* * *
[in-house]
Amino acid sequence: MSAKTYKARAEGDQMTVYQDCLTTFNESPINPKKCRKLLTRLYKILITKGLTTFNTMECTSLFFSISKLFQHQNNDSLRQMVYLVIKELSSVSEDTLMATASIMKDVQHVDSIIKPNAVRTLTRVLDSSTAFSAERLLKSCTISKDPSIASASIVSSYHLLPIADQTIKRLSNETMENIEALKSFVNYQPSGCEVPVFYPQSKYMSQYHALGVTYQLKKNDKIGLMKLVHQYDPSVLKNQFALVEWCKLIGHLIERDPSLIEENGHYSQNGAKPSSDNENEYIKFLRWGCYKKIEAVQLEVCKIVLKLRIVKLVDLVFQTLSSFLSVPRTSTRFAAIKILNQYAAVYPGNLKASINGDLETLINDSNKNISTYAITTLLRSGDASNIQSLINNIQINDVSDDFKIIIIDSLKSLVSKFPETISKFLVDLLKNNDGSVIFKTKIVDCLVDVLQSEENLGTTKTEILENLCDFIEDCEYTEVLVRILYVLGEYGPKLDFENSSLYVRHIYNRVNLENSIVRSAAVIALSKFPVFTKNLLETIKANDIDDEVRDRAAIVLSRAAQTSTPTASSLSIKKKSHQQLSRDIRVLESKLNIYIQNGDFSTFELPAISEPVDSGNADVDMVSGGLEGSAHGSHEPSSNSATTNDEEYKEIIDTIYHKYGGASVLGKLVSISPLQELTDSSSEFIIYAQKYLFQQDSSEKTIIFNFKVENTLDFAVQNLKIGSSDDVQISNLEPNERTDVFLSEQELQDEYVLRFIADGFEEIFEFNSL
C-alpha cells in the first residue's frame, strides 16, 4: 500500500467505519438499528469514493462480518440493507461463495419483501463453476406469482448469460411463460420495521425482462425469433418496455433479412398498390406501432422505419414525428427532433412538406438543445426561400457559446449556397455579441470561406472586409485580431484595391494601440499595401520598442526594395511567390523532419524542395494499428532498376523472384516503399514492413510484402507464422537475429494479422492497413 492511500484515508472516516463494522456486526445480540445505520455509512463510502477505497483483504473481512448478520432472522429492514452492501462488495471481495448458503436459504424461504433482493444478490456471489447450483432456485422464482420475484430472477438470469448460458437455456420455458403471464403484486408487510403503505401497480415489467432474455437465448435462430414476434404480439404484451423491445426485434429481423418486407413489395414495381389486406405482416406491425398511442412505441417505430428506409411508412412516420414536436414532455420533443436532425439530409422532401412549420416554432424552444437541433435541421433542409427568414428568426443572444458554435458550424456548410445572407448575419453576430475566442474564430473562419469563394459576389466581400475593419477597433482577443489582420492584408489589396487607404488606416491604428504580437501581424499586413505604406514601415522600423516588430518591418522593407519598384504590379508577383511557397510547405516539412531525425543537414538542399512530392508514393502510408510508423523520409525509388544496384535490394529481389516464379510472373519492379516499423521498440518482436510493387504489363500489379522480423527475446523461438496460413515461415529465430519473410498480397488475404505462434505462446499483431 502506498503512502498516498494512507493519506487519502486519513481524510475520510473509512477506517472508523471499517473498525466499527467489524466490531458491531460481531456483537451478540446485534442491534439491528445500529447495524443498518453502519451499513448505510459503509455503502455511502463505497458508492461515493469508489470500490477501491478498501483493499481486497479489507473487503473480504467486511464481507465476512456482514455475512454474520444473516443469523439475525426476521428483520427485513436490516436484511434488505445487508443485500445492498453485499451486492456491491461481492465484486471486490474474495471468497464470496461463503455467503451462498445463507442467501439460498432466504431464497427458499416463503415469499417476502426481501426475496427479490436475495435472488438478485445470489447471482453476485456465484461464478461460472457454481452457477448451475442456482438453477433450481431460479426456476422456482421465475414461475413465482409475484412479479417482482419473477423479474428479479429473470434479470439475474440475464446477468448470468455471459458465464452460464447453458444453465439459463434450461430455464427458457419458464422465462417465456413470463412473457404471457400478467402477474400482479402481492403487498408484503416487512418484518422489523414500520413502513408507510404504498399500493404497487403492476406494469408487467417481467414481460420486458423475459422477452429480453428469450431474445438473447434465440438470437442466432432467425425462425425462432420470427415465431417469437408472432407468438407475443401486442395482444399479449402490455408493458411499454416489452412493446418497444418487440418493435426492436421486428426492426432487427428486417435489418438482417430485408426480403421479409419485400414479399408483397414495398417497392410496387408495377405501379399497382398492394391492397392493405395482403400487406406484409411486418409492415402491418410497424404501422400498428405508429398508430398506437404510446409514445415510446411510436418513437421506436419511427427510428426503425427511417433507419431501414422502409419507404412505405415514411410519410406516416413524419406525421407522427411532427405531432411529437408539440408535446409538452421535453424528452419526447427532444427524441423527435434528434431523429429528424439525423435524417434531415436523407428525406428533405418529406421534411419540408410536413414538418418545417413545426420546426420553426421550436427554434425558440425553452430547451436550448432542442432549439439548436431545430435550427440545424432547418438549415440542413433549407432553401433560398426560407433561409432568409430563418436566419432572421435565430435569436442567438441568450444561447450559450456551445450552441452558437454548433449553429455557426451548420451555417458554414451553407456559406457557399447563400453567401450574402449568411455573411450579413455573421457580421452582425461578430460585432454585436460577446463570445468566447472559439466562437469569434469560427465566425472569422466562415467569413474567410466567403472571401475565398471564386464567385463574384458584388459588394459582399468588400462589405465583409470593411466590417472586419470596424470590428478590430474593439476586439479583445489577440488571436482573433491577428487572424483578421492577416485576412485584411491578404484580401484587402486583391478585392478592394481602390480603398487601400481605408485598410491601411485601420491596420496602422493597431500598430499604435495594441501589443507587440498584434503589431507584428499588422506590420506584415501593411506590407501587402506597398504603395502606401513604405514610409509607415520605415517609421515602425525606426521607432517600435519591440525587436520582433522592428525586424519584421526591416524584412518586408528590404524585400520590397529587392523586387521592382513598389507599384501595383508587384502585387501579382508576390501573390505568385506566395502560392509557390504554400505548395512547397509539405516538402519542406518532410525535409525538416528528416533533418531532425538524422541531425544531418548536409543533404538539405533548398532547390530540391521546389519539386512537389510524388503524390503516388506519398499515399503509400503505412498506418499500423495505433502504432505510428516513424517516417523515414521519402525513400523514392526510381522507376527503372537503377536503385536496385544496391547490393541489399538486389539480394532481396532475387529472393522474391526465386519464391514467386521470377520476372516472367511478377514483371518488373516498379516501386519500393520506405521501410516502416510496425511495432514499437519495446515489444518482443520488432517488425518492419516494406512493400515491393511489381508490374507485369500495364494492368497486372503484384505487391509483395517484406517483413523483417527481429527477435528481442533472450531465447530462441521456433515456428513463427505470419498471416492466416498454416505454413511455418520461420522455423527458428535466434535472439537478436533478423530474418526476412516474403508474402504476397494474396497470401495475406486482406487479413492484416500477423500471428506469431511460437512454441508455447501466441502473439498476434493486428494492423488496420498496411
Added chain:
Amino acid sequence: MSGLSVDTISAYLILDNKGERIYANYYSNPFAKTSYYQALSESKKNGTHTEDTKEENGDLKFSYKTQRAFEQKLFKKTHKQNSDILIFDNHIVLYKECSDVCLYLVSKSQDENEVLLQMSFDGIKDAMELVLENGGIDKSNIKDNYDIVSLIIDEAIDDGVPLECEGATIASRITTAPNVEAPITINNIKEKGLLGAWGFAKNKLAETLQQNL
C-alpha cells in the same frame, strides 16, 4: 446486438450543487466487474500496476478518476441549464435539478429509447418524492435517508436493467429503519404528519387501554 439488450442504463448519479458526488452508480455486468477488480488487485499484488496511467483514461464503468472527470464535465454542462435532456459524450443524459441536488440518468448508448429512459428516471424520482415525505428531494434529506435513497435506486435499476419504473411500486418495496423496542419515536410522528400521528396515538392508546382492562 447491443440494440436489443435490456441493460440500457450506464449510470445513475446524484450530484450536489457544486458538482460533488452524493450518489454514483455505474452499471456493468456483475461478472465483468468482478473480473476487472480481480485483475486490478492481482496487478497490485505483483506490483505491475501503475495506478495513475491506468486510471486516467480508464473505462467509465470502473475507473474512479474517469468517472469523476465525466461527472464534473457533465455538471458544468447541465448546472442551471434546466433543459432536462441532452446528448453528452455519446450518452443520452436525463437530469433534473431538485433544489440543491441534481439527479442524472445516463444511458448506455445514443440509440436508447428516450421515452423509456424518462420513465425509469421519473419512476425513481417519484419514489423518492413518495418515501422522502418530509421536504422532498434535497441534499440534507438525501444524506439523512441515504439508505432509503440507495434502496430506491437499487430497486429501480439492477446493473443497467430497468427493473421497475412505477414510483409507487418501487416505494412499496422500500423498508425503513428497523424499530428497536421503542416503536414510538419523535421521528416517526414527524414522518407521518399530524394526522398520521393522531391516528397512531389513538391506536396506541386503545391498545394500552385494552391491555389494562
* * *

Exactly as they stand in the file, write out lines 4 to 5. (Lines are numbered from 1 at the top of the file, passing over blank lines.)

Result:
Added chain:
Amino acid sequence: MSGLSVDTISAYLILDNKGERIYANYYSNPFAKTSYYQALSESKKNGTHTEDTKEENGDLKFSYKTQRAFEQKLFKKTHKQNSDILIFDNHIVLYKECSDVCLYLVSKSQDENEVLLQMSFDGIKDAMELVLENGGIDKSNIKDNYDIVSLIIDEAIDDGVPLECEGATIASRITTAPNVEAPITINNIKEKGLLGAWGFAKNKLAETLQQNL